When we talk about abortion, it’s important to remember that no child is “unwanted,” since many people are willing to adopt newborn infants, regardless of how they came into the world. Nonetheless, the discussion often centers on “unwanted children". Children whose parents experienced an unintended pregnancy or some other circumstance that makes them not want to raise a child.
But not every child who is aborted is unwanted. Some parents choose abortion, even though they desperately wanted to raise their child, because they’ve discovered that he has a disability or congenital illness. In some cases, the disability is so severe that the child may die before birth or shortly thereafter.
So is abortion justified in these cases? First, it is important to agree that a negative prenatal diagnosis is devastating for parents. Many of them would never think of aborting their child and come to do so only after the “advice” of misguided doctors. As a result, they may think it is better to end their child’s life in the womb than let him suffer after birth.
When I discuss the issue of abortion with people, I ask them if the reasons they give to justify abortion would justify killing a two-year-old. For example, just as we wouldn’t kill a two-year-old because he lives in poverty, we shouldn’t kill an unborn child for the same reason, since both are equally human. We can also apply this framework to a child with a disability, be it a mild one that doesn’t prevent him from having a long life or a severe one that would allow him to live only a short while after birth.
Our society has learned that people with disabilities are still people, and so we reasonably accommodate them with things like handicapped parking and braille on signposts. But aborting someone because he is disabled is, to put it mildly, not very accommodating. And when it is done systematically, it is a form of social oppression against marginalized communities. For a disturbing example of this kind of oppression, the nation of Denmark instituted a program of free prenatal testing that has doubled the number of children with Down syndrome who are aborted each year. Some studies have estimated that nearly 90 percent of unborn children diagnosed with Down syndrome are aborted.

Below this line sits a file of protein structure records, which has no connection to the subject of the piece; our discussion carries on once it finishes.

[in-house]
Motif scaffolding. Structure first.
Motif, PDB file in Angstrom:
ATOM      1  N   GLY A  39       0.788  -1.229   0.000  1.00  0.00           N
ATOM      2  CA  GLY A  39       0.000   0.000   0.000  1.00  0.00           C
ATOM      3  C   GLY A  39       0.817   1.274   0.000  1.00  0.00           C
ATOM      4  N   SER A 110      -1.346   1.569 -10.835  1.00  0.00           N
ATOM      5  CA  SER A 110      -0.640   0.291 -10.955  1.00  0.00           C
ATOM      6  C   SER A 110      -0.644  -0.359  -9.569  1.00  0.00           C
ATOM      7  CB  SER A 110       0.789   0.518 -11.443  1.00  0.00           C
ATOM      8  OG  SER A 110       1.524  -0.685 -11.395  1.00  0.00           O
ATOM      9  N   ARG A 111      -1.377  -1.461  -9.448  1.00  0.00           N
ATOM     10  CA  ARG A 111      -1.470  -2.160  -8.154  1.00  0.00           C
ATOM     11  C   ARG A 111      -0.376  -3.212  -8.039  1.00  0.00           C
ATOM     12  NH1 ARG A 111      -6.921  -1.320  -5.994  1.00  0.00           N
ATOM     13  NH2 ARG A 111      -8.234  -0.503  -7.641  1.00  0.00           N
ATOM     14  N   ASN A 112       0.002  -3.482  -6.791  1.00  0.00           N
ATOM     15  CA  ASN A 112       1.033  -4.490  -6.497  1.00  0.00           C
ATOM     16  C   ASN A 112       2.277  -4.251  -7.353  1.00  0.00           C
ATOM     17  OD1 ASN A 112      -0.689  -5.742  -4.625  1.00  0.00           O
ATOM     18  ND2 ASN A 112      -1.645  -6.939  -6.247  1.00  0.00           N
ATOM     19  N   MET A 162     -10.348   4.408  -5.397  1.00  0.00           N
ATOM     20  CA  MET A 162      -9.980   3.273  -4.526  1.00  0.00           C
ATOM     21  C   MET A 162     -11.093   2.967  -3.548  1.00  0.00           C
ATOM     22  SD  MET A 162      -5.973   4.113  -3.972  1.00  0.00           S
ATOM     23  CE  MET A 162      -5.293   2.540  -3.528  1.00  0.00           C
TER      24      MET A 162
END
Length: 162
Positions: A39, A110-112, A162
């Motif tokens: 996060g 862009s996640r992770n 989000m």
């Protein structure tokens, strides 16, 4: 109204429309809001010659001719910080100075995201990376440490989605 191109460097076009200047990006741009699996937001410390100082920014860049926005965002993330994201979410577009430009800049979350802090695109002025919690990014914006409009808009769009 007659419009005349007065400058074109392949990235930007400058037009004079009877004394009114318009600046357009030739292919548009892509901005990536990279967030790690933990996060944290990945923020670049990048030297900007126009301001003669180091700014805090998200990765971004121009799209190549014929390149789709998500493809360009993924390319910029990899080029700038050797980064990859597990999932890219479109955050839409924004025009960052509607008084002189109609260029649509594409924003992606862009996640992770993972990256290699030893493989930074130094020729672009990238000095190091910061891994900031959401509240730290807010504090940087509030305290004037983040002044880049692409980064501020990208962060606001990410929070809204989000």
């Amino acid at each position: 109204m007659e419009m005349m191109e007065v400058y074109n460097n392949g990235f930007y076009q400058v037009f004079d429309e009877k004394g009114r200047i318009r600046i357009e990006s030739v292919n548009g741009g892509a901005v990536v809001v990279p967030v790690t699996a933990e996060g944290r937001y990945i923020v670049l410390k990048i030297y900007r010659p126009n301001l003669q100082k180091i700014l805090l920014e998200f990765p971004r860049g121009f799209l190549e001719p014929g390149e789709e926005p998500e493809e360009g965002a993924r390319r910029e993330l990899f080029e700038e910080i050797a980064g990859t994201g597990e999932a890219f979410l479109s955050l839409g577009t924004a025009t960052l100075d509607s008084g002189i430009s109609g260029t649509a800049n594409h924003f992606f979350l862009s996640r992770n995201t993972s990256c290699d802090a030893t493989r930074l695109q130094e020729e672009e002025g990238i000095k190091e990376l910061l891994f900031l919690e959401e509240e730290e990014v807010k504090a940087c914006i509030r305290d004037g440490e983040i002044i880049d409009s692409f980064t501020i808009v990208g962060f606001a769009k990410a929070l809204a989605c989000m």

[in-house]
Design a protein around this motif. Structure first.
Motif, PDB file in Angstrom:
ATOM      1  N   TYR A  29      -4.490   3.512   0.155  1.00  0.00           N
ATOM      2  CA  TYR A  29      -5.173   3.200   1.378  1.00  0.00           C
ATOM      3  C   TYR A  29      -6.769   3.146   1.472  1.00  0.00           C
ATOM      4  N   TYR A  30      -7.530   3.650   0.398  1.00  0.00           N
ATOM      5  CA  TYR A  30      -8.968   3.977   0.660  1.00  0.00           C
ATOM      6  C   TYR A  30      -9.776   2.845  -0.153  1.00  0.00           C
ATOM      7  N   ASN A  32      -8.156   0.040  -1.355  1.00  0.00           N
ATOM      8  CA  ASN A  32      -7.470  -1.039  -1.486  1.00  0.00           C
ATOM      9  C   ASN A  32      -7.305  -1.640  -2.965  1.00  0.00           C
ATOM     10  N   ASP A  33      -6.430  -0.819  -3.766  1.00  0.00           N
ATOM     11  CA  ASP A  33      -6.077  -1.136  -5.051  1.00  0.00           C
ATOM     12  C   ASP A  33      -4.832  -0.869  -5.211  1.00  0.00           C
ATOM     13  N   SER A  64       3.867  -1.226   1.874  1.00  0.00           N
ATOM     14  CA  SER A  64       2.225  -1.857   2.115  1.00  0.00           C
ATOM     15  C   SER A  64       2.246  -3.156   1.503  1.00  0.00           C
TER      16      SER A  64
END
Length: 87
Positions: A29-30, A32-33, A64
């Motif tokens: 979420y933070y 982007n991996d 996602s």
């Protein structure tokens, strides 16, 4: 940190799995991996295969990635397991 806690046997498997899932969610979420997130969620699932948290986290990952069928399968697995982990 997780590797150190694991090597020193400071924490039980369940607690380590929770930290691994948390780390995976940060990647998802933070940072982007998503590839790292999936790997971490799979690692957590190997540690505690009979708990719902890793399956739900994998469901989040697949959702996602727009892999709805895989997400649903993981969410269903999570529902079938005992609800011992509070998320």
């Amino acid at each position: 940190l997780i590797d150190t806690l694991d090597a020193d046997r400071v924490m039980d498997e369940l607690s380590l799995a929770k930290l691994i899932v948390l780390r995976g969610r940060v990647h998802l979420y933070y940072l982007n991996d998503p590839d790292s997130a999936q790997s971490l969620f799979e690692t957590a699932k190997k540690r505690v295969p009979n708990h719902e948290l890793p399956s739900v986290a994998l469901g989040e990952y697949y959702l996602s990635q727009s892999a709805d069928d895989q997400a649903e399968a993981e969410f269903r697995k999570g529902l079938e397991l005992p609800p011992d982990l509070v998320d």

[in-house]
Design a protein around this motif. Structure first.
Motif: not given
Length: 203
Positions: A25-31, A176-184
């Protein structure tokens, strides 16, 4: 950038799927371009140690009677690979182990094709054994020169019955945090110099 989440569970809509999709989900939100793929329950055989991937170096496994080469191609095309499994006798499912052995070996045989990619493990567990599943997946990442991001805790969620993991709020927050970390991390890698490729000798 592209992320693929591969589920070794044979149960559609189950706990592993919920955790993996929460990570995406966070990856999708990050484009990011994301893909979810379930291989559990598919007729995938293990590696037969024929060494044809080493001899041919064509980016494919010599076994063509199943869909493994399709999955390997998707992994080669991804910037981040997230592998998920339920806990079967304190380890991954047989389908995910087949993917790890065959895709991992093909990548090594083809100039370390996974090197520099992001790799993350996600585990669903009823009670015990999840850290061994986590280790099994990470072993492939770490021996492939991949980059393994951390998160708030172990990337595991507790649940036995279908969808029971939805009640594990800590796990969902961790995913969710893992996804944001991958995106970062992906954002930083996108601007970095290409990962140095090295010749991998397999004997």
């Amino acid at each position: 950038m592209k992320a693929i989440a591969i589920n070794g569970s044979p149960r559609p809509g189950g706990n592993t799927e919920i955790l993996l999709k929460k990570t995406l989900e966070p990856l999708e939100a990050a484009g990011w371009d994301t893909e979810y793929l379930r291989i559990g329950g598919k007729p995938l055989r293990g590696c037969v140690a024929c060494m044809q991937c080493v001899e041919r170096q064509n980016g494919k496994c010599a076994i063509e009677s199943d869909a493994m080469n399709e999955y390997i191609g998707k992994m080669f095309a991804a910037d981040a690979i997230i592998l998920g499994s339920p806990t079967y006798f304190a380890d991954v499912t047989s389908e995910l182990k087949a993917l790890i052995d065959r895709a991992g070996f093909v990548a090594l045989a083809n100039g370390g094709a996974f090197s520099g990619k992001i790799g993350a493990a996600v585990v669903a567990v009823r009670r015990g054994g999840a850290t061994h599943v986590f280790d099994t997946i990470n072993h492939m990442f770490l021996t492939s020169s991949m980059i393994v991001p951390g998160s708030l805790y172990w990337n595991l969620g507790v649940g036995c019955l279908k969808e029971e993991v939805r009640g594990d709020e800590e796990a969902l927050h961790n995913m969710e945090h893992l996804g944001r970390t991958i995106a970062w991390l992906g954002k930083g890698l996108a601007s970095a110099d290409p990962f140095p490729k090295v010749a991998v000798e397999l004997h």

Just as we wouldn’t kill a child who became disabled through an accident or an illness, we should not kill a child in the womb for the same reason.
But what about terminal conditions like anencephaly, which occurs when a child does not develop an upper brain and will die a few hours or days after birth?
Once again, we should be compassionate toward those who receive this kind of diagnosis. But our reasoning has to apply to born children too. Imagine that a two-year old finds his dad’s gun and fatally injures himself. As he lies in the hospital, dying from his injuries, we would certainly do everything we could to ease his suffering but most people wouldn’t recommend directly killing the child.
If you want to see a beautiful example of how a life lived for even a short while can be a source of grace for his parents, I recommend this video about a child with Edward’s syndrome. He lived for only a short while after birth, but his life was still full of meaning and revealed the depth of God’s love, even in the face of the most difficult trials a parent can undergo.
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